The GeoAccessor and GeoSeriesAccessor classes add spatial capabilities to pandas DataFrame objects. Any regular DataFrame object with location columns can be transformed into a Spatially Enabled DataFrame using these classes.
Similar to plotting a statistical chart out of a DataFrame object, a spatial plot using an interactive map widget can be plotted out of a Spatially Enabled DataFrame. Renderers such as heat maps can be applied to quickly visualize the density of the listings.
Plotting a Spatially Enabled DataFrame with a heat map renderer shows the presence of hot spots. The ArcGIS API for Python comes with an assortment of sophisticated renderers that help visualize the spatial variation in columns such as PROPERTY PRICE, AGE, or SQUARE FOOTAGE. Combining maps with statistical plots yields deeper insights and investigates general assumptions.
Running an Initial Shortlist
The rules in Listing 2, based on the houses’ intrinsic features, were used to build a shortlist.
The shortlist reduces the number of eligible properties from 3,624 to 331. When plotted on a map, these properties are spread across the city of Portland. Histograms of the remaining 331 show that most have four beds and the majority are skewed toward the upper end of the price spectrum.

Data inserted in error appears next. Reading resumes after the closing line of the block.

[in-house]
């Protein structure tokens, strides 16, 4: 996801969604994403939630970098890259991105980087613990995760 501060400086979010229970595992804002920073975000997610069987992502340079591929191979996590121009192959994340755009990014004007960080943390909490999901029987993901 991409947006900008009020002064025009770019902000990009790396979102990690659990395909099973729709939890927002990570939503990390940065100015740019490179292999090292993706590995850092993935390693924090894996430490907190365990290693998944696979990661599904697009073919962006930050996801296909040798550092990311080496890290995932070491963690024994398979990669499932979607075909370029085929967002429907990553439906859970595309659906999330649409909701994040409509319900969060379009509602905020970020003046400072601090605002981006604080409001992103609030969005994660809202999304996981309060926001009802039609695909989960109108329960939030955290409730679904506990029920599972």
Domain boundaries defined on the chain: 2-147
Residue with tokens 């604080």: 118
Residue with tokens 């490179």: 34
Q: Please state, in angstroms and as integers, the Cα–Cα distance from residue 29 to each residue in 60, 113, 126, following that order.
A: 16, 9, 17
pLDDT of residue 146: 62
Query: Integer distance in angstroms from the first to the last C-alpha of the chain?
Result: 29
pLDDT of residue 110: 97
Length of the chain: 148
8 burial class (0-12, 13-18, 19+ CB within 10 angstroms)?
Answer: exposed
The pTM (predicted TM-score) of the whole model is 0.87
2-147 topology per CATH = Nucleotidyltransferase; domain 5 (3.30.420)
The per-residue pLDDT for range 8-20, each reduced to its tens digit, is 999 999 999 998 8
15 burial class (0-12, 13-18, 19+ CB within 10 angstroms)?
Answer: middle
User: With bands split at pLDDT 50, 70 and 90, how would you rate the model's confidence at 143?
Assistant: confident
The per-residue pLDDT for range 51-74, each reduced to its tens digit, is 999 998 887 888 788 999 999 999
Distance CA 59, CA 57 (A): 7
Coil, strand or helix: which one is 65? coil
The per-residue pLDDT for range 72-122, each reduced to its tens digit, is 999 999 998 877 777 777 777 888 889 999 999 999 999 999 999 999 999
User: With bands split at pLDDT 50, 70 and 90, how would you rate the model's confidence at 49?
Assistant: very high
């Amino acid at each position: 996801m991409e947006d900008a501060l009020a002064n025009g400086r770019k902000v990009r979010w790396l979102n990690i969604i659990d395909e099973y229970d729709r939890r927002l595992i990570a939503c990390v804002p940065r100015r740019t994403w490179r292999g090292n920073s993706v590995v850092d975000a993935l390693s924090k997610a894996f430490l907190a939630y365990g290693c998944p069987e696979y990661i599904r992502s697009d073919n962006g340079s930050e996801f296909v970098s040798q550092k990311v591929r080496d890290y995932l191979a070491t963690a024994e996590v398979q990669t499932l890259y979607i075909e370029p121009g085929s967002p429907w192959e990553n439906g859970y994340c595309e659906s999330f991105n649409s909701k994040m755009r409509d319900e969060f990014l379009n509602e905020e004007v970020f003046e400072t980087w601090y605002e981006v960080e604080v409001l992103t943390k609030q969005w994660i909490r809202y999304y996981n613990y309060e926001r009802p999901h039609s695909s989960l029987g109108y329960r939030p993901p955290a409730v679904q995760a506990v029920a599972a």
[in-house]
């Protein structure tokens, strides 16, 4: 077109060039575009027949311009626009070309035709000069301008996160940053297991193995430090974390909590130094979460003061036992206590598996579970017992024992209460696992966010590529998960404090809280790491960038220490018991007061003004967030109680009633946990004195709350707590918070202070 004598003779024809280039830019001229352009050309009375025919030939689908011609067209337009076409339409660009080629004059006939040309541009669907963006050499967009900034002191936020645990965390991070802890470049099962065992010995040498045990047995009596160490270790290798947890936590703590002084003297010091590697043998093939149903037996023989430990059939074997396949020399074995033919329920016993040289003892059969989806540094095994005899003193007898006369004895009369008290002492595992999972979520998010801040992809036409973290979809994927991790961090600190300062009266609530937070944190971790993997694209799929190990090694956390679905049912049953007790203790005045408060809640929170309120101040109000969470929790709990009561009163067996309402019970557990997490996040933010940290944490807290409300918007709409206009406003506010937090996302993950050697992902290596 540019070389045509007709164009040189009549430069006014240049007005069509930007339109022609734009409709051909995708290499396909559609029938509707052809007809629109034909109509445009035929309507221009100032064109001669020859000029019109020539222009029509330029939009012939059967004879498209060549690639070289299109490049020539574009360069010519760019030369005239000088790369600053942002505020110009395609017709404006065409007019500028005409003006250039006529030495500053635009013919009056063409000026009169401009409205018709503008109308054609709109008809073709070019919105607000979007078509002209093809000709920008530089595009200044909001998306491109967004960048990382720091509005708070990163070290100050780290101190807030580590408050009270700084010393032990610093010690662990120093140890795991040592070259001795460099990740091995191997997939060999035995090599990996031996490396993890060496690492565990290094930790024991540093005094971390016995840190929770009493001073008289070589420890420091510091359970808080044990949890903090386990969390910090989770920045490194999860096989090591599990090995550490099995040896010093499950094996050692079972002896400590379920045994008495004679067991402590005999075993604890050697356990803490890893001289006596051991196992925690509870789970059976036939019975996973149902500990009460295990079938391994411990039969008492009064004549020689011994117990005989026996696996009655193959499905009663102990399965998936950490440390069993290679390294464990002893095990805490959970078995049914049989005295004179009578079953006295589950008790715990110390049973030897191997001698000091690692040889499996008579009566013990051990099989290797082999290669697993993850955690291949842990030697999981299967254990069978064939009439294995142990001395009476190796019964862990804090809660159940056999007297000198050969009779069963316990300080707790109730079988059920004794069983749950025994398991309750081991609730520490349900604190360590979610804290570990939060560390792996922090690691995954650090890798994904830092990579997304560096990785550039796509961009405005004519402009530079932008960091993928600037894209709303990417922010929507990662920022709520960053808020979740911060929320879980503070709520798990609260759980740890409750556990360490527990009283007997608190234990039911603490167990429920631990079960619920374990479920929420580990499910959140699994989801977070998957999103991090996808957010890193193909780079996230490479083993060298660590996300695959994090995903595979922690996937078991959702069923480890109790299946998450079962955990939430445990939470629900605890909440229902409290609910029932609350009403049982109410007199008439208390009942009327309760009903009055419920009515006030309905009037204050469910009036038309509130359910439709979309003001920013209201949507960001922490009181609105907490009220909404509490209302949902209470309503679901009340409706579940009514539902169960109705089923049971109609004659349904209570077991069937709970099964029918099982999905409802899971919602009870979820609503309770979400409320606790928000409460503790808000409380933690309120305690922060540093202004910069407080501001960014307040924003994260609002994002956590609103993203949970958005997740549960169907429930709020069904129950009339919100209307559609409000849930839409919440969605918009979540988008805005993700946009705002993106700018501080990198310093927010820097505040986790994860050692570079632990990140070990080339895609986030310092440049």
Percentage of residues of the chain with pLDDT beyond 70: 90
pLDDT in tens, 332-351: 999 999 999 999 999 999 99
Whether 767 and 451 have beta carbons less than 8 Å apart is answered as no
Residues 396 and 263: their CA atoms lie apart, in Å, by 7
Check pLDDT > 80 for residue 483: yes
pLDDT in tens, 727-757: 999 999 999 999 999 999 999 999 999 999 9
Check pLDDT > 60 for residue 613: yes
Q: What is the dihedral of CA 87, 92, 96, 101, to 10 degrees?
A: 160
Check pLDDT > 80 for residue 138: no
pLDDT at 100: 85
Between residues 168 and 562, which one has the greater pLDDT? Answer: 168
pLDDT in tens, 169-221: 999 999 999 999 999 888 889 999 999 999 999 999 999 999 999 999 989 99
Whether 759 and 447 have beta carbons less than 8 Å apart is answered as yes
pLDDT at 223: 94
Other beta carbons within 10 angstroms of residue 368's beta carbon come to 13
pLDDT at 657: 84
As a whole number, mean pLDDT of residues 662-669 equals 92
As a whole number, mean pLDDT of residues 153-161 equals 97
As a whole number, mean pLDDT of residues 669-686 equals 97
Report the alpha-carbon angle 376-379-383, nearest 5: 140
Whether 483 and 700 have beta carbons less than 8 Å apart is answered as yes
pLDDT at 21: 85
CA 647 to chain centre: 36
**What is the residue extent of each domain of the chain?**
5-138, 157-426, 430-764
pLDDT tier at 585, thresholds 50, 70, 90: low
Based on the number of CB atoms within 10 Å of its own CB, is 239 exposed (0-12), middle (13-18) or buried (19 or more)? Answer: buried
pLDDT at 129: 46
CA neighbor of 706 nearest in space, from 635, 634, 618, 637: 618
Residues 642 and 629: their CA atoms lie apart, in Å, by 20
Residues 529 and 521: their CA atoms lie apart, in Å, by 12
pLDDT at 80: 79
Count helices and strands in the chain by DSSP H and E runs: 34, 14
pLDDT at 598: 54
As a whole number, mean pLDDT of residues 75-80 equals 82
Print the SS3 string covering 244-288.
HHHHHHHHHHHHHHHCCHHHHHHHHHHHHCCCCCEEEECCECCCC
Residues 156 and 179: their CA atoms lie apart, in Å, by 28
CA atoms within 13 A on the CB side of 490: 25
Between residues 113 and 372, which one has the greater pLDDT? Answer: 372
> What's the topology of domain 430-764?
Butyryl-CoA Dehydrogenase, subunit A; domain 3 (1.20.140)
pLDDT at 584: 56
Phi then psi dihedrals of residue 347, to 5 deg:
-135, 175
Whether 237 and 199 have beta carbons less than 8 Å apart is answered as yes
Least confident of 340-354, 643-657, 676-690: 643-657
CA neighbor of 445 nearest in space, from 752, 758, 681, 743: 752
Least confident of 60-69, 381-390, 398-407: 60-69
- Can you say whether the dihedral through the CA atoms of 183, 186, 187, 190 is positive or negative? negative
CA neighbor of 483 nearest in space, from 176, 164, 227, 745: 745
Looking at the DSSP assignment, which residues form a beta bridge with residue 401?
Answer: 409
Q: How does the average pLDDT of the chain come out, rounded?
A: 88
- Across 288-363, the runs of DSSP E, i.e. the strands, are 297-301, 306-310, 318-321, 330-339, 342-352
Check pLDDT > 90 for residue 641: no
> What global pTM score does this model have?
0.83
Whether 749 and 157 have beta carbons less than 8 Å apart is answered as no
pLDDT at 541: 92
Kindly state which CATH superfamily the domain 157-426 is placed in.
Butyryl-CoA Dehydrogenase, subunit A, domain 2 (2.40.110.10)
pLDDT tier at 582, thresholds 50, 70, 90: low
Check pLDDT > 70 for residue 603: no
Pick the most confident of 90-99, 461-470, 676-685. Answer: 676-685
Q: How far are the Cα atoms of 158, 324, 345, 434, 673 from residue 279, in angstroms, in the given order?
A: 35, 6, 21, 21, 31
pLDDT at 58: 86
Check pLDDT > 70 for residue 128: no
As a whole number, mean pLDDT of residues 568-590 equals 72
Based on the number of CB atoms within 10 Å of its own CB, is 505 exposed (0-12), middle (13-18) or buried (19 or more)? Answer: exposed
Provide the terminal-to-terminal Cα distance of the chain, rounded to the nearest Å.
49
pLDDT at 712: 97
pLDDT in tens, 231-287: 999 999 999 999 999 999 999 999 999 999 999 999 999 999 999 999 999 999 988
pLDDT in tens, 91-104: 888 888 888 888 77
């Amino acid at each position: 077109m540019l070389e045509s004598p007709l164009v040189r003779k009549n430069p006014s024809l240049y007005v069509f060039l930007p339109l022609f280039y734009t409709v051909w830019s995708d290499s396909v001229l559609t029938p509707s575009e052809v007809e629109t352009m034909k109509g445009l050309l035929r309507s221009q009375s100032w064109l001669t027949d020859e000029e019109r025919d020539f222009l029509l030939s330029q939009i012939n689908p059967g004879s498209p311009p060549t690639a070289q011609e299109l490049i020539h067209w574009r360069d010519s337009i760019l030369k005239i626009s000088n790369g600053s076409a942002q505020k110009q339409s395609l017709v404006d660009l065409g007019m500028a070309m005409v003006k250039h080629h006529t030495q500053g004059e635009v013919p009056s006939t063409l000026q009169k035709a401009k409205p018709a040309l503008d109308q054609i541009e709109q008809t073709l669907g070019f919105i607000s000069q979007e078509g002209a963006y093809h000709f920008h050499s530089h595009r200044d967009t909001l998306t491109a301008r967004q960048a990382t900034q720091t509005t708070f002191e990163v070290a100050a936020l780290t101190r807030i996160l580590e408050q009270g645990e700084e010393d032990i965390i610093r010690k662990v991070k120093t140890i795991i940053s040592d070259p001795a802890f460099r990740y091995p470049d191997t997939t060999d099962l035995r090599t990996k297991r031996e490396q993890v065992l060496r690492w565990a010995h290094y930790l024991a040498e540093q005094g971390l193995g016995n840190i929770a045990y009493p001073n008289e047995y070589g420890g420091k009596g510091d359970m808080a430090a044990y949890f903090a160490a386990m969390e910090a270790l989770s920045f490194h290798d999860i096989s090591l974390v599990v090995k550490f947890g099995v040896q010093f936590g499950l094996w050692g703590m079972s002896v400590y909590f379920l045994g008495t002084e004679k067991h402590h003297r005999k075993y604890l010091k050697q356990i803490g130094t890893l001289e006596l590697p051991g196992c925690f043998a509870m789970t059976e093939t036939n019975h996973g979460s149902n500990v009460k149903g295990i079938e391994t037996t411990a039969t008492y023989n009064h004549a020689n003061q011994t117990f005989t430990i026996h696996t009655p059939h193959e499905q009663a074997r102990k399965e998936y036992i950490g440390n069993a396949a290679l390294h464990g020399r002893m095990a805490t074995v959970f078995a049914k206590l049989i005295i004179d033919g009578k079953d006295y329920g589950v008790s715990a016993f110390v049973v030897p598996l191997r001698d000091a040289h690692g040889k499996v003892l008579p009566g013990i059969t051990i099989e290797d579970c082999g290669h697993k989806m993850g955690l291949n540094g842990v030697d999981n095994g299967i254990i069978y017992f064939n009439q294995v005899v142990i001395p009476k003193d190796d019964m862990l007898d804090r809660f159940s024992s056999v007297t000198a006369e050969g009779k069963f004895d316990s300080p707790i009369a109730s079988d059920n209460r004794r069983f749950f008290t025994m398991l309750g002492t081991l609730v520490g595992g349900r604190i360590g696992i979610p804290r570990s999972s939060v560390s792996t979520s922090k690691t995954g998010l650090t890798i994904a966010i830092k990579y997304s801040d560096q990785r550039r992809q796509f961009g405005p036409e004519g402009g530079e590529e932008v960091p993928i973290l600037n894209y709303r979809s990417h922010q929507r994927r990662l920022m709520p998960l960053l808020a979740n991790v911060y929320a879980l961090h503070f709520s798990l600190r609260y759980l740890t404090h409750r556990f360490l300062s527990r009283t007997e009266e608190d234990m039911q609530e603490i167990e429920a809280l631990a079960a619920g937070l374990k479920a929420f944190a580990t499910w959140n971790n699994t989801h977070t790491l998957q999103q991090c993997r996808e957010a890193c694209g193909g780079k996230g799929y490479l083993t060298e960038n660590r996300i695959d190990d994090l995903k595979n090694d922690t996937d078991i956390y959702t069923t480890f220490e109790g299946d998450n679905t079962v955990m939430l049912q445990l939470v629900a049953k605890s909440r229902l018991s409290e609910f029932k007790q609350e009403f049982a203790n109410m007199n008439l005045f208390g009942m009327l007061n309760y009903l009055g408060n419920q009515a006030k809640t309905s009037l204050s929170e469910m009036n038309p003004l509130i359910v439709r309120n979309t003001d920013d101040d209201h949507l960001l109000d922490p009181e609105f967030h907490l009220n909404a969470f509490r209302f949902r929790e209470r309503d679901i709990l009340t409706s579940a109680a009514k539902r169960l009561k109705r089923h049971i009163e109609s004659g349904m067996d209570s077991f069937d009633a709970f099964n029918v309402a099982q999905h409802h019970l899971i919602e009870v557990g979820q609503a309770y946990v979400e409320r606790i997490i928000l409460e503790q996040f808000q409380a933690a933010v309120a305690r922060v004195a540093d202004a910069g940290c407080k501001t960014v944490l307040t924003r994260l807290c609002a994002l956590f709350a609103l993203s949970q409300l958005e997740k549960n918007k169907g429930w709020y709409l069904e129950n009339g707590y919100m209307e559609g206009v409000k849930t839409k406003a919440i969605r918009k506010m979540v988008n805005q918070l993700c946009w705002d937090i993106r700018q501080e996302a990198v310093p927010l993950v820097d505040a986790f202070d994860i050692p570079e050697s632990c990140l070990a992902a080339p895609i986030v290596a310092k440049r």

When buying a house, you are looking for proximity to services such as groceries, pharmacies, urgent care facilities, and parks. The geocoding module of the ArcGIS API for Python can be used to search for such facilities within a specified distance around a house, as shown in Listing 3.
Another important consideration is the time it takes to commute to work or school. The network module of the ArcGIS API for Python provides tools to compute driving directions and trip duration based on historic traffic information. The snippet in Listing 4 calculates the directions between a house and the Esri Portland R&D office and the time required on a typical Monday morning at 8:00 a.m. You could add multiple stops you make as part of your commute. This information can be turned into a pandas DataFrame and visualized as a table or a bar chart. Thus, houses can be compared against one another based on access to neighborhood facilities.
Access comparisons were run in batch mode against each of the 331 shortlisted properties. Different neighborhood facilities were added as new columns to the dataset. The count of the number of facilities a property has access to (within a specified distance) was added as the column value. If many facilities of the same kind are near a property, they all compete for the same market, keeping prices down and improving service. These houses are more attractive than the rest.
Based on the histogram, many of the 331 houses are near many different services, and the Portland market appears to perform really well when it comes to commute duration and commute length. Through these spatial enrichment steps, you can now consider these location-based attributes in addition to intrinsic property features such as the number of beds, baths, and square footage.
Evaluating houses is a deeply personal process. Different buyers look for different characteristics in a house. Not all aspects are considered equally, so assigning different weights for features will let you arrive at a weighted sum (a score) for each house. The higher the score, the more desirable a house is to you.